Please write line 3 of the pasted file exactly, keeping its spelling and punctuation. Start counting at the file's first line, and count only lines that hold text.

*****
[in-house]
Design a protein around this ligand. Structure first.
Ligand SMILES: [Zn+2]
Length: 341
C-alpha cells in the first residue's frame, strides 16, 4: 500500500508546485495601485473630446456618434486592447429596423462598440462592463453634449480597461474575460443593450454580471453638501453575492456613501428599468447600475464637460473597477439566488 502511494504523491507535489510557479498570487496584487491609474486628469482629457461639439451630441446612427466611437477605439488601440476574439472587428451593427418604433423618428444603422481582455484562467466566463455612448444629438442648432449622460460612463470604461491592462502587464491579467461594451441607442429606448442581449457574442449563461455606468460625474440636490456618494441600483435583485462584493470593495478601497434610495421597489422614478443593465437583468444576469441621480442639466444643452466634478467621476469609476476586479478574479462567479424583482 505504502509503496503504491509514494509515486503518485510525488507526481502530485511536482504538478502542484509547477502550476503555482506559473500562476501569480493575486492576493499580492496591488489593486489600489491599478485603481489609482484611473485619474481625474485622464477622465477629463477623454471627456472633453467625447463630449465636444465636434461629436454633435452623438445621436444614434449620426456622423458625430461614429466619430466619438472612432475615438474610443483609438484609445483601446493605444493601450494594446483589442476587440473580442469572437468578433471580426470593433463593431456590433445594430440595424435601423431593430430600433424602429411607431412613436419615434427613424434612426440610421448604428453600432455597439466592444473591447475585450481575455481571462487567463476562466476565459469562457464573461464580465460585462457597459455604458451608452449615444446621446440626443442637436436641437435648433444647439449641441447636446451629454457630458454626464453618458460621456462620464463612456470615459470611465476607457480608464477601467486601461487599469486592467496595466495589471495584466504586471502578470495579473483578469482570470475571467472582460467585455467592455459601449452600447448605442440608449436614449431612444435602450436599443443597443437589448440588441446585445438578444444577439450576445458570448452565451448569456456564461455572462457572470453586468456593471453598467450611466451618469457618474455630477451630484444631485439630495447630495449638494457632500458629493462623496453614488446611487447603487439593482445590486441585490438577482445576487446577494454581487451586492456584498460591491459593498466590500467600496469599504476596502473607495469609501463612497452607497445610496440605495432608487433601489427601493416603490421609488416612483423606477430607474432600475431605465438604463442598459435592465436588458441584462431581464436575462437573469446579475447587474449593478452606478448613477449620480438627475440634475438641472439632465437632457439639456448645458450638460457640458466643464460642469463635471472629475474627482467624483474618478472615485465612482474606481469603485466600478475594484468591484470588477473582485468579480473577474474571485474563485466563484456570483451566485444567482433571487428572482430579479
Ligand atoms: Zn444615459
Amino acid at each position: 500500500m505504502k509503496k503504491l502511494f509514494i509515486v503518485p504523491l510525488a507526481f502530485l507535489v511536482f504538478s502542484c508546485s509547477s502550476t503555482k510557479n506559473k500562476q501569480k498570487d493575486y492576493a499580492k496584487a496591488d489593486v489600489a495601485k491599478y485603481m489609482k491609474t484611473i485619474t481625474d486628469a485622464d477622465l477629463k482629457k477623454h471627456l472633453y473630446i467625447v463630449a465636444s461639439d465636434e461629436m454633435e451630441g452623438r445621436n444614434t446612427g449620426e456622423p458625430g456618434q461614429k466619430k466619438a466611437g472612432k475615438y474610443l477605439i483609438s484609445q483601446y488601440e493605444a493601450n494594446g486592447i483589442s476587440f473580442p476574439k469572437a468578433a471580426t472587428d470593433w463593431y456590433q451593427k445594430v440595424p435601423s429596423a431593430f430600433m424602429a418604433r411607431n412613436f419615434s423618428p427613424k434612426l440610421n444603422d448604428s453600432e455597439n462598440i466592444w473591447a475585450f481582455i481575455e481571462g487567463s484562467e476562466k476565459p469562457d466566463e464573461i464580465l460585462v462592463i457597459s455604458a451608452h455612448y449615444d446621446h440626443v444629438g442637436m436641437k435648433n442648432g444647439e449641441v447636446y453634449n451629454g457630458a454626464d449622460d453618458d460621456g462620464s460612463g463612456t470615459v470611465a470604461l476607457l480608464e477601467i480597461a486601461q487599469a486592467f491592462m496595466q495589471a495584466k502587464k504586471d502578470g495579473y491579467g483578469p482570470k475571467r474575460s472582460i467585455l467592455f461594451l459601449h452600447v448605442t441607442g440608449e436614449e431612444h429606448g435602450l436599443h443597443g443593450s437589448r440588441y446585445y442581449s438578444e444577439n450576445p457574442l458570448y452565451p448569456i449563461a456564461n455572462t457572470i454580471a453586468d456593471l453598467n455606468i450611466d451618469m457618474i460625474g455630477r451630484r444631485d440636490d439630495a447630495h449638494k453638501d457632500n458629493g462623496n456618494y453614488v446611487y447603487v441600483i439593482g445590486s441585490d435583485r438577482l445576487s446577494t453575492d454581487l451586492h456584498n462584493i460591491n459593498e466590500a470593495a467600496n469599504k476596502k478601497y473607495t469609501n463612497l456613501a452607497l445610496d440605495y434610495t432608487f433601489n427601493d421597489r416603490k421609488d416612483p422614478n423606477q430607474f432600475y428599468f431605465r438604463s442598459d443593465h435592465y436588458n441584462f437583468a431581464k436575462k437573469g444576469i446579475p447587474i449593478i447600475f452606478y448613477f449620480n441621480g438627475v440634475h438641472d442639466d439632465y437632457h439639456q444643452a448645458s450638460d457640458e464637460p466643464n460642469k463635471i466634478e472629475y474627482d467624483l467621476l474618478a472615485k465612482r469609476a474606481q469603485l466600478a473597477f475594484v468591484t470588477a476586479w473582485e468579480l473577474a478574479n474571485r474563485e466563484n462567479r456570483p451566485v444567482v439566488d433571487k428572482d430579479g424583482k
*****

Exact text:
Ligand SMILES: [Zn+2]